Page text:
All software is cloud software. All modern applications interact with the cloud in some way, whether it’s using cloud for storage, compute capabilities, or with rich cloud services for data, AI/ML, and so much more, to deliver amazing new experiences. As a result, all developers today are cloud developers, and infrastructure teams are key to enabling innovation across the entire organization. I had a great time telling this story at the Cloud Engineering Summit today and wanted to take a moment to put pen to paper.
Today we are excited to announce Pulumi 2.0, the next major stage in our journey as an open source project, company, and community. This release expands on our original vision of using your favorite languages and tools to do all things infrastructure as code, now with new cloud engineering superpowers that will help you and your team adopt modern cloud architectures.
AWS publishes best practices for how to tag your resources for cost tracking, automation, and organization. But how do you enforce that you’re doing it correctly across all of your projects? And is it really necessary to manually track down all those places where you missed a tag and manually patch things up? In this article, we’ll see how to use Policy as Code to enforce your team’s tagging strategies in addition to some powerful Infrastructure as Code techniques to automate applying your tags in a consistent way across all of your projects and resources.
Together, we’re facing an unprecedented situation with the COVID-19 pandemic. In this note, I’d like to tell you about the steps we’ve taken to ensure the health of our employees, community, and to ensure business continuity throughout.
2020 is off to a big start for us! The .NET and Go SDKs are now more idiomatic and easier to use, Policy as Code is ready for prime-time, and many other useful features and foundational improvements have been released. I’d like to take a moment to highlight these improvements and ask for feedback — we want to make sure these new features work great for you!
As we celebrate another incredible year in the books here at Pulumi, I wanted to share some reflections about our most exciting milestones over the past twelve months. The best part has been connecting with more customers worldwide, as we saw more than a 15x growth in our customer base, surely a sign of big things to come in 2020. We couldn’t have done it without our amazing community; thank you deeply for your continued support and passion around Pulumi’s bold mission to empower every engineer to program the cloud — you make it all worthwhile.
AWS Elastic Kubernetes Service (EKS) provides a range of performance and control for dynamically scaling your Kubernetes clusters, including Managed Node Groups, Fargate, and Manually-Managed Node Groups in EC2. In this post, we’ll see how to use each of these compute options, and when to prefer one over the other in order to maximize productivity, flexibility, and control, based on your needs.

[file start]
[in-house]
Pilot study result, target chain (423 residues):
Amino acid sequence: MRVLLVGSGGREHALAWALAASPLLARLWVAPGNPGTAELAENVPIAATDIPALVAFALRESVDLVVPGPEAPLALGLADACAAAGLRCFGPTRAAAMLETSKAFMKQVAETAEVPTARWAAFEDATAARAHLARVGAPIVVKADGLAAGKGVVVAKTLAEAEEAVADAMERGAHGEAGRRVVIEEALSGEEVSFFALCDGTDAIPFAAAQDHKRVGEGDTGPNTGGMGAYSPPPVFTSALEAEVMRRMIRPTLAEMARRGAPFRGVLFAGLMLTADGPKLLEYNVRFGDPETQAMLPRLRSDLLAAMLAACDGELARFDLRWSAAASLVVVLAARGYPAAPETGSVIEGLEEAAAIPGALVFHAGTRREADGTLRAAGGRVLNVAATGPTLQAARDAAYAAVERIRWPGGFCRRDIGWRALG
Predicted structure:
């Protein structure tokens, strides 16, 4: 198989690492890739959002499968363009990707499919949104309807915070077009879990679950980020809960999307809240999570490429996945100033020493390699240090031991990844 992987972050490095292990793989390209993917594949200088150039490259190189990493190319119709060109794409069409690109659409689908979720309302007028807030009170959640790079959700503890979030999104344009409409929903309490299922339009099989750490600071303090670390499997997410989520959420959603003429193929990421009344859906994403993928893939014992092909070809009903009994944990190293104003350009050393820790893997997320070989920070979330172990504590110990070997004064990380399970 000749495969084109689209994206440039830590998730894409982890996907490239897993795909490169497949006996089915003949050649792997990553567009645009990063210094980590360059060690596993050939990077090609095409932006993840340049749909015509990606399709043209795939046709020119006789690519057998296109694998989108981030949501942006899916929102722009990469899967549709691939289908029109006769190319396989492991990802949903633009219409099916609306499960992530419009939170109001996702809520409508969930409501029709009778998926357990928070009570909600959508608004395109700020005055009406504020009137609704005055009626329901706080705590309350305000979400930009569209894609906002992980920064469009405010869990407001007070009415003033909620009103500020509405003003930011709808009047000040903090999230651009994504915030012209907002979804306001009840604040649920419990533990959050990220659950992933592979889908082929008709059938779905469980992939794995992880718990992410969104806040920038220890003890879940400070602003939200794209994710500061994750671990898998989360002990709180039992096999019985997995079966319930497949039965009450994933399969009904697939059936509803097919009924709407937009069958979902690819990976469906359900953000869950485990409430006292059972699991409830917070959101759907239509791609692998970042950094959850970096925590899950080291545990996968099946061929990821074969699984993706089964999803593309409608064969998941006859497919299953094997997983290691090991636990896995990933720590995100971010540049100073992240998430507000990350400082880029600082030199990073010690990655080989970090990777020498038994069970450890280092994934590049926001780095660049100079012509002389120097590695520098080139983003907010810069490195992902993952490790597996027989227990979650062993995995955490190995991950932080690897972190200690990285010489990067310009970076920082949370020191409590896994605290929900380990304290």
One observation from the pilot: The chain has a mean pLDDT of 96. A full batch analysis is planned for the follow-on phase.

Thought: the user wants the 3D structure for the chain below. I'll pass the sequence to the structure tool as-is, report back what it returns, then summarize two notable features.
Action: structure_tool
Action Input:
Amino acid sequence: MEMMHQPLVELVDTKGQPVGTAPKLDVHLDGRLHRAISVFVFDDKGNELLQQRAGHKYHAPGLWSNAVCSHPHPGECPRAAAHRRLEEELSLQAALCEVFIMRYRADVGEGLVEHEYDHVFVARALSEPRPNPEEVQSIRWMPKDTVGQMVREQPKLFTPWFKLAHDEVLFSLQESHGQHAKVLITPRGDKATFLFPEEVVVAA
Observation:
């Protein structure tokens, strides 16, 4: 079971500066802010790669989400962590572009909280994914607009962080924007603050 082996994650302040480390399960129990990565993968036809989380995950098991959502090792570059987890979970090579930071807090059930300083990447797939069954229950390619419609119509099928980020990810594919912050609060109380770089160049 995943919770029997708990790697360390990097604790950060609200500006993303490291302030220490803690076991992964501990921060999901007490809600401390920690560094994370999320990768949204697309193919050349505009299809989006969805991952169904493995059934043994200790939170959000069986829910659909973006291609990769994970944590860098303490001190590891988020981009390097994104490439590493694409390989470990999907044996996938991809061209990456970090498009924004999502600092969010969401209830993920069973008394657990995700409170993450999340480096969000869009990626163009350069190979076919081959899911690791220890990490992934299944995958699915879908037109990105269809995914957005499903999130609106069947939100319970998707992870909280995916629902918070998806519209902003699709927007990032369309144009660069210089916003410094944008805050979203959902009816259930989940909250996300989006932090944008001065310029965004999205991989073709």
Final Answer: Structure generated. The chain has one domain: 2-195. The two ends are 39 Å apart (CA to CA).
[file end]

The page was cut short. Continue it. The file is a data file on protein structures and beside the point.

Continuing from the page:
Yesterday AWS announced an exciting new feature — the AWS Identity and Access Management (IAM) Access Analyzer — a service powered by automated reasoning that detects potentially-insecure access to your AWS resources, including S3 Buckets, SQS Queues, Lambdas, and more. At the same time, Pulumi announced a new policy as code solution, CrossGuard, that validates policies at deployment time. The question is: Can IAM Access Analyzer and Pulumi CrossGuard be combined to get the best of both solutions?
Today we’ve published Pulumi’s 2.0 roadmap. 2.0 is the next major phase in Pulumi’s journey, and will include better productivity through languages, libraries, and tools, in addition to advanced features for teams in production. And, though we are excited to share our own thoughts, more than anything else, we’d love to hear your feedback to help make sure it’s right. Since releasing Pulumi 1.0 in September, we have heard loud and clear that you appreciate the commitment to compatibility, as well as the completeness and stability of the platform, and we have been hard at work making sure we honor those promises.
Today we announced Pulumi Crosswalk for Kubernetes, a collection of open source tools, libraries, and playbooks to help developers and operators work together to bring Kubernetes into their organizations. They capture the lessons we learned this past year working with organizations to go from zero to Kubernetes in production for their infrastructure and application workloads. By releasing these as open source, we hope to help everybody be more successful with their Kubernetes projects — as we have learned through experience, it isn’t easy going!